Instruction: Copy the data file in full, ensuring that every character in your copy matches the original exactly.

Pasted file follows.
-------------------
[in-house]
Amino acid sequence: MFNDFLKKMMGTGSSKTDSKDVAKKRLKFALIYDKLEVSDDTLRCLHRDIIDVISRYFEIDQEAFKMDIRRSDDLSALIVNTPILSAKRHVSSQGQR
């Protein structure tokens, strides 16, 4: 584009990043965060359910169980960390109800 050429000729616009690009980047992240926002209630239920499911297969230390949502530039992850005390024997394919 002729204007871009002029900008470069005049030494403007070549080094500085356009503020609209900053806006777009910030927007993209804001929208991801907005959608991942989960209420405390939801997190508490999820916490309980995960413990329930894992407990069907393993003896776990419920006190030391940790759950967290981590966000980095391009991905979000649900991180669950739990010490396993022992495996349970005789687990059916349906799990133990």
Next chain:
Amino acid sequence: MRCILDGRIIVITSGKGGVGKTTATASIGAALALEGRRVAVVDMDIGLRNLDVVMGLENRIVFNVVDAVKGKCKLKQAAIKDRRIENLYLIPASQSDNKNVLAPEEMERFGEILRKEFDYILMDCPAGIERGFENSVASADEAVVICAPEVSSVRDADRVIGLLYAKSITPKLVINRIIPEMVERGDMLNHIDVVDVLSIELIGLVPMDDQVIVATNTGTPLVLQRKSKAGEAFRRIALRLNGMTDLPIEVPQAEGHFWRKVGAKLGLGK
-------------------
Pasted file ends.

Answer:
[in-house]
Amino acid sequence: MFNDFLKKMMGTGSSKTDSKDVAKKRLKFALIYDKLEVSDDTLRCLHRDIIDVISRYFEIDQEAFKMDIRRSDDLSALIVNTPILSAKRHVSSQGQR
């Protein structure tokens, strides 16, 4: 584009990043965060359910169980960390109800 050429000729616009690009980047992240926002209630239920499911297969230390949502530039992850005390024997394919 002729204007871009002029900008470069005049030494403007070549080094500085356009503020609209900053806006777009910030927007993209804001929208991801907005959608991942989960209420405390939801997190508490999820916490309980995960413990329930894992407990069907393993003896776990419920006190030391940790759950967290981590966000980095391009991905979000649900991180669950739990010490396993022992495996349970005789687990059916349906799990133990």
Next chain:
Amino acid sequence: MRCILDGRIIVITSGKGGVGKTTATASIGAALALEGRRVAVVDMDIGLRNLDVVMGLENRIVFNVVDAVKGKCKLKQAAIKDRRIENLYLIPASQSDNKNVLAPEEMERFGEILRKEFDYILMDCPAGIERGFENSVASADEAVVICAPEVSSVRDADRVIGLLYAKSITPKLVINRIIPEMVERGDMLNHIDVVDVLSIELIGLVPMDDQVIVATNTGTPLVLQRKSKAGEAFRRIALRLNGMTDLPIEVPQAEGHFWRKVGAKLGLGK